Lung cancer care trajectory at a Canadian centre: an evaluation of how wait times affect clinical outcomes

Original Article

Lung cancer care trajectory at a Canadian centre: an evaluation of how wait times affect clinical outcomes


G. Kasymjanova, MD*, D. Small, MD*, V. Cohen, MD*, R.T. Jagoe, MD*, G. Batist, MD*, W. Sateren, MBA MPH, P. Ernst, MD*, C. Pepe, MD*, L. Sakr, MD*, J. Agulnik, MD*



doi: https://doi.org/10.3747/co.24.3611


ABSTRACT

Background

Lung cancer continues to be one of the most common cancers in Canada, with approximately 28,400 new cases diagnosed each year. Although timely care can contribute substantially to quality of life for patients, it remains unclear whether it also improves patient outcomes. In this work, we used a set of quality indicators that aim to describe the quality of care in lung cancer patients. We assessed adherence with existing guidelines for timeliness of lung cancer care and concordance with existing standards of treatment, and we examined the association between timeliness of care and lung cancer survival.

Methods

Patients with lung cancer diagnosed between 2010 and 2015 were identified from the Pulmonary Division Lung Cancer Registry at our centre.

Results

We demonstrated that the interdisciplinary pulmonary oncology service successfully treated most of its patients within the recommended wait times. However, there is still work to be done to decrease variation in wait time. Our results demonstrate a significant association between wait time and survival, supporting the need for clinicians to optimize the patient care trajectory.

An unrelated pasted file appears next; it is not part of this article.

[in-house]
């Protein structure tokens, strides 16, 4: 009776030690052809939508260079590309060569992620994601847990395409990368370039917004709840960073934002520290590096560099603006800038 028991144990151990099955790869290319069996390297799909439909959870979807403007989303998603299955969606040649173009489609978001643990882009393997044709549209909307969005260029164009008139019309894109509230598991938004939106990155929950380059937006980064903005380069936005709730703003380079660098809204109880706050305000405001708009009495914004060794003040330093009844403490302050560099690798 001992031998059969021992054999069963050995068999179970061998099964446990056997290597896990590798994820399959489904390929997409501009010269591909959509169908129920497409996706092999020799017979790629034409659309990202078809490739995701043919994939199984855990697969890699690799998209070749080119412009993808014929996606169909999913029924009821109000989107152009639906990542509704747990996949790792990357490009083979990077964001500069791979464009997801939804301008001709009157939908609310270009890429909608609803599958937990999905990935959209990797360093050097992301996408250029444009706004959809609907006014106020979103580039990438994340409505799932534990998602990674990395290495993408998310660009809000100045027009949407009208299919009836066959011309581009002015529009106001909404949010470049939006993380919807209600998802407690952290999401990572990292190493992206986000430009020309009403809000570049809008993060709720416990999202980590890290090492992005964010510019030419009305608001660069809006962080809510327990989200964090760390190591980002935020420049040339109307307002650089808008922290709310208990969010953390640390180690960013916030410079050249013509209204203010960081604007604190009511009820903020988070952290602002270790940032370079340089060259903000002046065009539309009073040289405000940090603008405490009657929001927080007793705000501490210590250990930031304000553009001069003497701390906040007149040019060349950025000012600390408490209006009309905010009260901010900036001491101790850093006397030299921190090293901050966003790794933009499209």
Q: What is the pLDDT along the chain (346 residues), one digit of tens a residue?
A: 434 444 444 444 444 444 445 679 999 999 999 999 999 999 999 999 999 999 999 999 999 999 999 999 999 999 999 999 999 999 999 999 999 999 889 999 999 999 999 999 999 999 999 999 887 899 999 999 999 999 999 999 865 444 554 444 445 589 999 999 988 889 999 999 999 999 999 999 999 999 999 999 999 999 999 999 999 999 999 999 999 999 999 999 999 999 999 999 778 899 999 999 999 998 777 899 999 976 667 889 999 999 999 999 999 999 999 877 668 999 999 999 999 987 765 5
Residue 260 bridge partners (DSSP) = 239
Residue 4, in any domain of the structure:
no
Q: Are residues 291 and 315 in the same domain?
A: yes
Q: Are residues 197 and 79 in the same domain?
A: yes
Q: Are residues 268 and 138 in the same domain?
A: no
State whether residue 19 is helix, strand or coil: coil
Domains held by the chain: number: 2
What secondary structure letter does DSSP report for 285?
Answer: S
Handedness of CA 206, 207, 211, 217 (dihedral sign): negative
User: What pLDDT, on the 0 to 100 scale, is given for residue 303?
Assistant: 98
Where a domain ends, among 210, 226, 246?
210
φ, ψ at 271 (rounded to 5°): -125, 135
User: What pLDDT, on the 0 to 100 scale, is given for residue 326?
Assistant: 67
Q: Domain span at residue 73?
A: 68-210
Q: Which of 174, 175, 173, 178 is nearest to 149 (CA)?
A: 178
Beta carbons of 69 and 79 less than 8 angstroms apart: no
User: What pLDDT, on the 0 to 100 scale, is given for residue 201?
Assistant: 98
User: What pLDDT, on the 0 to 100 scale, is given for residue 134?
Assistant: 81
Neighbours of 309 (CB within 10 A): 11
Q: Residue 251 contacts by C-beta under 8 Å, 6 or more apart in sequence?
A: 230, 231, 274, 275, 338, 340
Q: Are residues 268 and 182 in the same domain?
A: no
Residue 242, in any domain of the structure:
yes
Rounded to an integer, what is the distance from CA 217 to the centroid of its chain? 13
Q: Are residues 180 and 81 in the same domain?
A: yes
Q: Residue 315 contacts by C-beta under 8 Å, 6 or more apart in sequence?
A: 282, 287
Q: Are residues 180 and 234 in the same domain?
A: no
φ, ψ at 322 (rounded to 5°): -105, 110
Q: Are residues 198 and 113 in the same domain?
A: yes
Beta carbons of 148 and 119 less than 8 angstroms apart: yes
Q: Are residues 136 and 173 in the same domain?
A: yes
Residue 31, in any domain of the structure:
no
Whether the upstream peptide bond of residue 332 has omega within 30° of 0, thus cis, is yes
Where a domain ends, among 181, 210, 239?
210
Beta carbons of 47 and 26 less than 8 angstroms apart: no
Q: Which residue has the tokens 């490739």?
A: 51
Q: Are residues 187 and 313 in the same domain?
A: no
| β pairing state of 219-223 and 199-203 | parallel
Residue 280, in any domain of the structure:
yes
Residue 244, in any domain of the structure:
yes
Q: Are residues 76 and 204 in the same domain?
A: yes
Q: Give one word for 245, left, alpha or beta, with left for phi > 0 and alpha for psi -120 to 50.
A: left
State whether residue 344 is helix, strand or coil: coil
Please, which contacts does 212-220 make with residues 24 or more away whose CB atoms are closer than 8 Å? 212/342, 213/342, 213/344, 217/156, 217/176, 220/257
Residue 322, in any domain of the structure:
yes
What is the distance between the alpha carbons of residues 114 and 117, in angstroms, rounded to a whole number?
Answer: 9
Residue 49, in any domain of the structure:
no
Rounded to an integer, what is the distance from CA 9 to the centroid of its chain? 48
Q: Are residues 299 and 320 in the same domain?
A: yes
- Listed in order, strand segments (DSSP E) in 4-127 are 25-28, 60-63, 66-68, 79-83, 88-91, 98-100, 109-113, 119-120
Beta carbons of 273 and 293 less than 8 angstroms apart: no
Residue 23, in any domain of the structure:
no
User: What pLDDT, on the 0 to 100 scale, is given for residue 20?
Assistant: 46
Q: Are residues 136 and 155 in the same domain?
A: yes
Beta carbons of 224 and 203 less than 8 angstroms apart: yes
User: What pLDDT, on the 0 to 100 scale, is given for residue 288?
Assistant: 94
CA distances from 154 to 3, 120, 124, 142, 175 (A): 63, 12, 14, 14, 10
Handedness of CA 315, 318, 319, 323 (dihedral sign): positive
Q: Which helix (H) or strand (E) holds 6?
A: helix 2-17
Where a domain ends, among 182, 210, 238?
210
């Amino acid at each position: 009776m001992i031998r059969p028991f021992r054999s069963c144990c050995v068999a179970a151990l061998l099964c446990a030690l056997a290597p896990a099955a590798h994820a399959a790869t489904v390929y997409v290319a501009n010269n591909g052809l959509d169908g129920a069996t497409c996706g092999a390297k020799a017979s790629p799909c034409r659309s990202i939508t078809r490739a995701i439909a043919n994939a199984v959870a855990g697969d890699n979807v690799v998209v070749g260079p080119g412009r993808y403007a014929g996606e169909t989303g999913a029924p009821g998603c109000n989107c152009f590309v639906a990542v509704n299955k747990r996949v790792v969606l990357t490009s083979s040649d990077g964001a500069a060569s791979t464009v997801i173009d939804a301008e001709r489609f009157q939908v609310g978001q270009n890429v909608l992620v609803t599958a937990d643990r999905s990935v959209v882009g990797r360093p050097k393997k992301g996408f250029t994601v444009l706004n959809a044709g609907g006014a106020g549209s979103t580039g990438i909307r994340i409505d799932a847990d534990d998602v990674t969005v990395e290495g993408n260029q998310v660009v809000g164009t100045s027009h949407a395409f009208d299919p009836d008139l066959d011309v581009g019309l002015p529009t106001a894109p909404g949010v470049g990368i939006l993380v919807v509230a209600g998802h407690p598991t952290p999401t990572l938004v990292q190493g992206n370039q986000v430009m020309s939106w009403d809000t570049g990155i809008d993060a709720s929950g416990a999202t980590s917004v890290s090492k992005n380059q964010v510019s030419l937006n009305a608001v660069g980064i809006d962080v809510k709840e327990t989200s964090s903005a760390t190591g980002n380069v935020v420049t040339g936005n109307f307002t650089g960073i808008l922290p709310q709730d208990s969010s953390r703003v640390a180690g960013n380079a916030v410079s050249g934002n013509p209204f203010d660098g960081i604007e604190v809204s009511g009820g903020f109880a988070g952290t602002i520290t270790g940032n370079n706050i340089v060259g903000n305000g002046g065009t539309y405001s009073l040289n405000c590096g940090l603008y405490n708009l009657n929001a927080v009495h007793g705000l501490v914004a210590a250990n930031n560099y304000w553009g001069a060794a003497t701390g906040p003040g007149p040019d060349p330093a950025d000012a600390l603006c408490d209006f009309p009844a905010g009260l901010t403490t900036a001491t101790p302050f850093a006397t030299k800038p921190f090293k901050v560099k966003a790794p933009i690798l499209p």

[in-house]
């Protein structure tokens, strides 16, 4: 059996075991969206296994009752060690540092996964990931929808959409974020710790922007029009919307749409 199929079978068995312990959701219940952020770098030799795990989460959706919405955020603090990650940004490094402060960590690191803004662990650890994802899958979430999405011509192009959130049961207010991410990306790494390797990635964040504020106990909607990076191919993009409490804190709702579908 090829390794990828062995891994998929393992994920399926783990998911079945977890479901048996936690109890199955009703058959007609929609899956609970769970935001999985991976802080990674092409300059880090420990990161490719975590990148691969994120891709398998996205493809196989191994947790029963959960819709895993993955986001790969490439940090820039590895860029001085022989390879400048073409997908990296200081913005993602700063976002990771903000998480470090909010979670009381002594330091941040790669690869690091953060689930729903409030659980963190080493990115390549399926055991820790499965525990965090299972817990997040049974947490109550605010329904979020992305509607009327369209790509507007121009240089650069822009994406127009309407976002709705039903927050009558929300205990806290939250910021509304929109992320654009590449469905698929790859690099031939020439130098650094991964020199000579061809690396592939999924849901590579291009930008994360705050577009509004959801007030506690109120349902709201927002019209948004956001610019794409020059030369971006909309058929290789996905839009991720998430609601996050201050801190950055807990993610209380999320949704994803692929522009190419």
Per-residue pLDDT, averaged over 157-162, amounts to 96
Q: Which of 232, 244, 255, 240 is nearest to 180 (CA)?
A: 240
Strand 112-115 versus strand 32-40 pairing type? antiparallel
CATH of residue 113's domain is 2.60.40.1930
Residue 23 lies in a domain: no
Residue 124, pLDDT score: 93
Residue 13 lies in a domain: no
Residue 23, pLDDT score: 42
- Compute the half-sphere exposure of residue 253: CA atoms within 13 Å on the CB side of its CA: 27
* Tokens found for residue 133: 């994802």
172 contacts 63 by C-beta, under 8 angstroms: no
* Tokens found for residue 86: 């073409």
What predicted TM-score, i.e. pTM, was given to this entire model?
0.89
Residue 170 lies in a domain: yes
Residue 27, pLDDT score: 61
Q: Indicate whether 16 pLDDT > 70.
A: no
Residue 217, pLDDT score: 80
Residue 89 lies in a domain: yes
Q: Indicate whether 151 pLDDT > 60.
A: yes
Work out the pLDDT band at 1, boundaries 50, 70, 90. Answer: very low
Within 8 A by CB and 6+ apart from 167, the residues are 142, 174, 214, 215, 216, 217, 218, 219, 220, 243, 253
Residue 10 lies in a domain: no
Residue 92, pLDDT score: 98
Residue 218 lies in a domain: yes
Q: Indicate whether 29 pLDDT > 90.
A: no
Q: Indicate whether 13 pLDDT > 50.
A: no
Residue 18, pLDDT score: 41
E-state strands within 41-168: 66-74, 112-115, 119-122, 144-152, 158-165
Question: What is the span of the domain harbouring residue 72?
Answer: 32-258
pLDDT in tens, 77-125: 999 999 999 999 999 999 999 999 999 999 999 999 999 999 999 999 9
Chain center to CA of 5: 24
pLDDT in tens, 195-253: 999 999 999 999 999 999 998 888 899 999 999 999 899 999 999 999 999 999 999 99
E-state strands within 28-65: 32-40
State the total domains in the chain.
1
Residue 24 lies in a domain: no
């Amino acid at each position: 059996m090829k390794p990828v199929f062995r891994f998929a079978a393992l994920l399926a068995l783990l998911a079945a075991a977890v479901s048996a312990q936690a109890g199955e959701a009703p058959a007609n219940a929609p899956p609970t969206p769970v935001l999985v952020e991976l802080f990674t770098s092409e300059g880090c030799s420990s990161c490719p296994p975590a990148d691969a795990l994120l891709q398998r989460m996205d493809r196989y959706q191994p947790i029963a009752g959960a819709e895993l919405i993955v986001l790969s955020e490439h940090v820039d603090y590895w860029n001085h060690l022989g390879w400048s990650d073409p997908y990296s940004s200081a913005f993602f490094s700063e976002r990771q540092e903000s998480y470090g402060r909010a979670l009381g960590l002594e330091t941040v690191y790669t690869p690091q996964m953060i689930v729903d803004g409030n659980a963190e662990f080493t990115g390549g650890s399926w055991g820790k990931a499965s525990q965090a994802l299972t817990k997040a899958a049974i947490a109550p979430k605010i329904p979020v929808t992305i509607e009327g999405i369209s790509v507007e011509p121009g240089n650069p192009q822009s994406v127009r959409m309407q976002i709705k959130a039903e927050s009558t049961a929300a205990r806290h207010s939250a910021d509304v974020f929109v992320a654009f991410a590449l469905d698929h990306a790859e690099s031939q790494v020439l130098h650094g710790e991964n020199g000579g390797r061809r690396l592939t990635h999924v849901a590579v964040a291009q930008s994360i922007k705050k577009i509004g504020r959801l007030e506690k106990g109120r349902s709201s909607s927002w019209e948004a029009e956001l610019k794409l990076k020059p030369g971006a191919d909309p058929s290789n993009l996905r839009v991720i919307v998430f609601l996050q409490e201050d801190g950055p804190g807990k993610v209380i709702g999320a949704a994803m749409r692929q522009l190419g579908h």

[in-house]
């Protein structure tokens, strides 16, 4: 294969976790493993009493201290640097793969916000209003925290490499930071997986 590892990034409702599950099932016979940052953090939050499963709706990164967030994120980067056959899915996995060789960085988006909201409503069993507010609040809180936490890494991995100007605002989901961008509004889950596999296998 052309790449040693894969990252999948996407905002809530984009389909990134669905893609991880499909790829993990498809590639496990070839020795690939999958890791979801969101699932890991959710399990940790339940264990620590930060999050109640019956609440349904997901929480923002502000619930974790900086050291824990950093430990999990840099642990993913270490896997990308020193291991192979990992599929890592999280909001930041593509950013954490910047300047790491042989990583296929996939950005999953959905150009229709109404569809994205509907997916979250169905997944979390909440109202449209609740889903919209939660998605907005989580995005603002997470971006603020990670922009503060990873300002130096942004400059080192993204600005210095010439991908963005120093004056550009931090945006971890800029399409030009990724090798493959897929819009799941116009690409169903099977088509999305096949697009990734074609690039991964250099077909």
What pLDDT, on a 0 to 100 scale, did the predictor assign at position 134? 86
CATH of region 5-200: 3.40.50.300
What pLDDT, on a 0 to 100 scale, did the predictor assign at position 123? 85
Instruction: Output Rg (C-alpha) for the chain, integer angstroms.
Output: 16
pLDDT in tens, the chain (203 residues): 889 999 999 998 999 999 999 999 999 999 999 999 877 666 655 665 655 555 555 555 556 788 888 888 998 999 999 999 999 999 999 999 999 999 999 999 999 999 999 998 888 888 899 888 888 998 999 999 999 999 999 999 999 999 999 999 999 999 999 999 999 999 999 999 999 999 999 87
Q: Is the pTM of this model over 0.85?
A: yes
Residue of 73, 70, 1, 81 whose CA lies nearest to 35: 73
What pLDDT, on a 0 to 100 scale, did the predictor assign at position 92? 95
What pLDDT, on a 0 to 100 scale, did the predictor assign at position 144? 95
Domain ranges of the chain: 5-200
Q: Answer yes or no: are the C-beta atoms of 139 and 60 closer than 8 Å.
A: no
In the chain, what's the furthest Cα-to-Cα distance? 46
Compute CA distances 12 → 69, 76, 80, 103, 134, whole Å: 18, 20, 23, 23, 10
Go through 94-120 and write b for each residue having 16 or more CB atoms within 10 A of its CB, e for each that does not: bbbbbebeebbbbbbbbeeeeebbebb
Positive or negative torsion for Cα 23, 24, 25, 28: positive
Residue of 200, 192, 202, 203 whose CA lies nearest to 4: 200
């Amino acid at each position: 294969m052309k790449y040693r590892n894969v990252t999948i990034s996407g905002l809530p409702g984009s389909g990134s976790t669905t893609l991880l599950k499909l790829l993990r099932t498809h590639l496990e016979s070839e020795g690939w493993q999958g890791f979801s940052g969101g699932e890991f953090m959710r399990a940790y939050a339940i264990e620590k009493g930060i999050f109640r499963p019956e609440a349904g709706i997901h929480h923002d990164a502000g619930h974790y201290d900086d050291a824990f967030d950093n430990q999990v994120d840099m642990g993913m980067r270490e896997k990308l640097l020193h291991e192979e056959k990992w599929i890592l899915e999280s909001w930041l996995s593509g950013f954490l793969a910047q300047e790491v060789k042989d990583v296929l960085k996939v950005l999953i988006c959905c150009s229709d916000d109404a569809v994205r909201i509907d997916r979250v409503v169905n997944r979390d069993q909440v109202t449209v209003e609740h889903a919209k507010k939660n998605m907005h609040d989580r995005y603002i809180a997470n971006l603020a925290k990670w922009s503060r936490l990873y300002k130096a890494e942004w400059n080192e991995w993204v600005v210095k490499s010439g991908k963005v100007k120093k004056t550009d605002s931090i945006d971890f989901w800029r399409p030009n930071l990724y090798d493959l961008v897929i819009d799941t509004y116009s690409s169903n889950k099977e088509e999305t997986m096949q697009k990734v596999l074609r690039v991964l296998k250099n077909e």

Interpretation

It would be helpful for Canadian clinicians treating patients with lung cancer to have wait time guidelines for all treatment modalities, together with standard definitions for all time intervals. Any reductions in wait times should be balanced against the need for thorough investigation before initiating treatment. We believe that our unique model of care leads to an acceleration of diagnostic steps. Avoiding any delay associated with referral to a medical oncologist for treatment could be an acceptable strategy with respect to reducing wait time.

KEYWORDS: Lung cancer, wait times

INTRODUCTION

Lung cancer is one of most common cancers in Canada, with 28,400 new cases diagnosed each year1. Even with treatment, the 5-year survival rate for lung cancer is 17%1. In contrast, the 5-year survival rates for breast and prostate cancer are 87% and 95% respectively2.

The Institute of Medicine in the United States recognizes timeliness as one of six important quality-of-care dimensions3. Various guidelines to establish standards for timely care for patients with known or suspected lung cancer have been published, but prompt access to and delivery of lung cancer care can be difficult to achieve in a public health care system. Between 1998 and 2009, the British Thoracic Society4, the United Kingdom’s National Health Service Cancer Plan57, the RAND Corporation8,9, the American College of Chest Physicians10, and Cancer Care Ontario2 all published recommendations for target time intervals in the trajectory of diagnosis and treatment for lung cancer (Table i). However, although timely care can contribute substantially to quality of life and emotional well-being for patients, the literature concerning the effect of timeliness on other patient outcomes does not show a clear association between earlier initiation of anticancer treatment and improved survival1114.

TABLE I Timeliness of care for patients with lung cancer